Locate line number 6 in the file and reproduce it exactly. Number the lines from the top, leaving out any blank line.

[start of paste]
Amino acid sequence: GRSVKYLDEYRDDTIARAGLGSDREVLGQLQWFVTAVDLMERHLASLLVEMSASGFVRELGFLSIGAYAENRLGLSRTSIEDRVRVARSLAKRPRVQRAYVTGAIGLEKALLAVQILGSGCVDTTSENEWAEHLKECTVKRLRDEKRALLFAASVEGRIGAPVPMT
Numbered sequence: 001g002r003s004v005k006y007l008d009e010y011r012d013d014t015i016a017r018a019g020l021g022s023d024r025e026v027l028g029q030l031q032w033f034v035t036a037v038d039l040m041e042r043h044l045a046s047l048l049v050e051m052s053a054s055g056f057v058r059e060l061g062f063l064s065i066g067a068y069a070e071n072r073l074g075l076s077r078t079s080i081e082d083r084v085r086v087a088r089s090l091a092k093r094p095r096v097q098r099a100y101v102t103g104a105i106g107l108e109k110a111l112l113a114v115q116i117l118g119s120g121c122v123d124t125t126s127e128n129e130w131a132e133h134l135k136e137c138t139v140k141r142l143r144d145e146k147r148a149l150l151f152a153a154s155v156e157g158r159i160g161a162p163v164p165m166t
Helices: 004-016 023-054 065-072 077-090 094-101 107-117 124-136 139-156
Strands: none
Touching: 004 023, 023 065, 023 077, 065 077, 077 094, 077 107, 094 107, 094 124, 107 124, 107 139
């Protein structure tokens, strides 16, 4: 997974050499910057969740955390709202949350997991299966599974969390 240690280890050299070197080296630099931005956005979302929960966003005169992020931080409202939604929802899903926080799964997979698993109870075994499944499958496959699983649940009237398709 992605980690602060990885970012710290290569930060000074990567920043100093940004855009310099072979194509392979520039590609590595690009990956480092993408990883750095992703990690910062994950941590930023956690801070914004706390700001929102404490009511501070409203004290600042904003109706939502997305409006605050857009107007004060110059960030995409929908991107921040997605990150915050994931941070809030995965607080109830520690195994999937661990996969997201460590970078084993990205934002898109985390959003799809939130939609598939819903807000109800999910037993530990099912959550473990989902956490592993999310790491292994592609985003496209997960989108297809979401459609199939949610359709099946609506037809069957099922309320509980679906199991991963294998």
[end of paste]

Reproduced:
């Protein structure tokens, strides 16, 4: 997974050499910057969740955390709202949350997991299966599974969390 240690280890050299070197080296630099931005956005979302929960966003005169992020931080409202939604929802899903926080799964997979698993109870075994499944499958496959699983649940009237398709 992605980690602060990885970012710290290569930060000074990567920043100093940004855009310099072979194509392979520039590609590595690009990956480092993408990883750095992703990690910062994950941590930023956690801070914004706390700001929102404490009511501070409203004290600042904003109706939502997305409006605050857009107007004060110059960030995409929908991107921040997605990150915050994931941070809030995965607080109830520690195994999937661990996969997201460590970078084993990205934002898109985390959003799809939130939609598939819903807000109800999910037993530990099912959550473990989902956490592993999310790491292994592609985003496209997960989108297809979401459609199939949610359709099946609506037809069957099922309320509980679906199991991963294998």